I don't play every major AAA title that comes out. I usually prefer the road less traveled and spend the majority of my time playing indie and roguelike titles. That's not to say I don’t enjoy AAA games, but I appreciate a good technical challenge.

A prime example of this would be "Hollow Knight," a game in which I invested over 65 hours. I appreciate it when a developer crafts a game meant to be played in a distinct manner. That being said, I'll never forgive Ubisoft for overusing the tower/viewpoint/map sync function. This is evident in games like Hollow Knight, Metroid Dread, Hyperlight Drifter, Cuphead, Meatboy, Dead Cells, Celeste, and even Hades.

In such games, a quick response, be it a dodge, roll, jump, or shoot, often makes all the difference. My usual game pad of choice is the Nintendo Switch Pro-Controller. However, unforgiving boss fights with complex patterns can be daunting, even without the added challenge of executing moves flawlessly. On top of that, some of these games are roguelike, leading to either immense frustration or a shift to playing directly with the Joy-Cons on the Switch. For instance, I couldn't complete Metroid Dread using the Pro-Controller; I had to switch to handheld mode for the final boss. The same is true for the infamous triple grasshopper boss fight in Hollow Knight—a challenge that can deter many players.

For a time, I considered that maybe I wasn't skilled enough and needed more practice. However, this notion vanished every time I triumphed in handheld mode.

So what was happening here? Maybe the Pro-Controller was inadequate.

I've explored alternative controllers, like the original King Kong controller for the Switch. While it showed some improvement, I missed the ergonomics of the original Pro, so the switch wasn't worth it. As a modder, I looked to the modding community for solutions. Some methods, like the Membrane-Perforation technique (where you perforate the membranes under the buttons), seemed too extreme. Another idea I discovered was the tac-mod, which uses various switches, including old iPhone home buttons, for a better and more immediate response.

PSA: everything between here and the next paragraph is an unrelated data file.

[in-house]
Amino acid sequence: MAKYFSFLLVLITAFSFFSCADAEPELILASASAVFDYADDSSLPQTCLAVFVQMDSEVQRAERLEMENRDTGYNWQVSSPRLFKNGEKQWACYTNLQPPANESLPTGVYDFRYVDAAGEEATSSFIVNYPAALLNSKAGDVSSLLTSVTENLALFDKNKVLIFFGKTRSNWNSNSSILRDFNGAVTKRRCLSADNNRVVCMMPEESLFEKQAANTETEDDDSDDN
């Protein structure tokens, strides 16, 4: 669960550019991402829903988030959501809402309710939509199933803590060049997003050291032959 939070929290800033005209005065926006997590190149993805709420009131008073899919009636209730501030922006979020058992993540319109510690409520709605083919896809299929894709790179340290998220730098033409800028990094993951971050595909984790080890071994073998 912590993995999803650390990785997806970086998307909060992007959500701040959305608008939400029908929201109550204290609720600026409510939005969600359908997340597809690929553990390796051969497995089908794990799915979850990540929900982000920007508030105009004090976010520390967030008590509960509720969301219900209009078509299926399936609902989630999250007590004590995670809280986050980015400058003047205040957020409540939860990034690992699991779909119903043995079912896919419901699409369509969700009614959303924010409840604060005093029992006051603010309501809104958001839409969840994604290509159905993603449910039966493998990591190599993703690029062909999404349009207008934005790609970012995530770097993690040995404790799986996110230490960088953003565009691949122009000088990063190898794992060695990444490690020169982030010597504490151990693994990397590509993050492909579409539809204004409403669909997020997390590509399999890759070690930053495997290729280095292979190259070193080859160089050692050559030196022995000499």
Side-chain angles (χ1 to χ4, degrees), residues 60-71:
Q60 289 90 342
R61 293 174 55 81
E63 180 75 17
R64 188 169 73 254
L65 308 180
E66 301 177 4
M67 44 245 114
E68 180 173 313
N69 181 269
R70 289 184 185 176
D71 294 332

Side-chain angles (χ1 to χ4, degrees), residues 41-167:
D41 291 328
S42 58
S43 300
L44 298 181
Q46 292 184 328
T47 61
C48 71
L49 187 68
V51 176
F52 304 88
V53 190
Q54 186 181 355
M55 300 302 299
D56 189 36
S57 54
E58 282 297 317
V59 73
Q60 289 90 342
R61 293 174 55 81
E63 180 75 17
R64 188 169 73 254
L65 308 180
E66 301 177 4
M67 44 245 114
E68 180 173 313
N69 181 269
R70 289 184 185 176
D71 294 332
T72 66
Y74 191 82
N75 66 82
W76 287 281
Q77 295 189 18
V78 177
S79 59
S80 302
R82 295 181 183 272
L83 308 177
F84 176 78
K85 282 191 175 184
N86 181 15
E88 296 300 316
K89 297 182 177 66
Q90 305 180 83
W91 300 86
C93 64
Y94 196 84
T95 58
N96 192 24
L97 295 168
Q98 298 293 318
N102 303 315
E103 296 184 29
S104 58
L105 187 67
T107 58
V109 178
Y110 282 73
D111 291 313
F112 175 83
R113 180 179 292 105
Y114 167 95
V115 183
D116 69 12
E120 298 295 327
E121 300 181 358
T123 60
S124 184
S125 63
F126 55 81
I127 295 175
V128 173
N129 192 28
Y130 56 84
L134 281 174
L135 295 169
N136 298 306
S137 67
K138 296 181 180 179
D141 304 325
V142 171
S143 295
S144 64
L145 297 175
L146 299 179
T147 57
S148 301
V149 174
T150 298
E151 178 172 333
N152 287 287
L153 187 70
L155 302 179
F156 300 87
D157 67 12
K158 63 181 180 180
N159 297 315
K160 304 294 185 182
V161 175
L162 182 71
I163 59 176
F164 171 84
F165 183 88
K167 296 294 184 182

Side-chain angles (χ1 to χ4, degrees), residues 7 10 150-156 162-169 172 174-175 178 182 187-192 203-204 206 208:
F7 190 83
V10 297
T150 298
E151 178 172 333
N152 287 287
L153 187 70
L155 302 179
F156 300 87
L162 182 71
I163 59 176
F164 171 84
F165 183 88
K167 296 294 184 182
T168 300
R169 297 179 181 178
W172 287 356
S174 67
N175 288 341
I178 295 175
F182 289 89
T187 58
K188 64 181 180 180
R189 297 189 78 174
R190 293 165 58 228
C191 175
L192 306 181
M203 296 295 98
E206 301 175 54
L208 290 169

Inspired by the community's innovations, I procured an array of tactile switches to experiment. After multiple iterations, I was content with a fully tactile-modded Pro controller. Testing it with Dead Cells, I noticed a substantial improvement in my gameplay. My wife, an ASMR enthusiast, was more intrigued by the clicky sound the modded controller produced. To her, a controller that provides an instantaneous response, accompanied by a tactile and auditory click, made the original Pro controller seem inferior.

Consequently, our modded Pro-Controller for everyone emerged—a tool ensuring gamers could avoid gameplay mishaps due to a controller that does not keep up with their skills and technique, whether it's failing a challenging segment in Dead Cells or executing a complex move in Smash Bros Ultimate. Don’t underestimate the psychological (and environmental) effect: The upgraded clicky controller reduces the risk of frustrated gamers hurling their controllers in anger.

Our tactile button mods on Pro-Controllers have become extremely popular, with competitive gamers as well as casual ones. We've since added even more styles to this modified controller in our shop, offering customizable configurations. The design has undergone several refinements, with the current version expected to remain unchanged for some time. We've incorporated renowned Alps brown switches for the ABXY buttons, ensuring durability and longevity. The updated design has made the previously erratic D-Pad more reliable and enjoyable to use. As for the triggers, we sourced them from a trusted supplier known for their reliability.

Leave a comment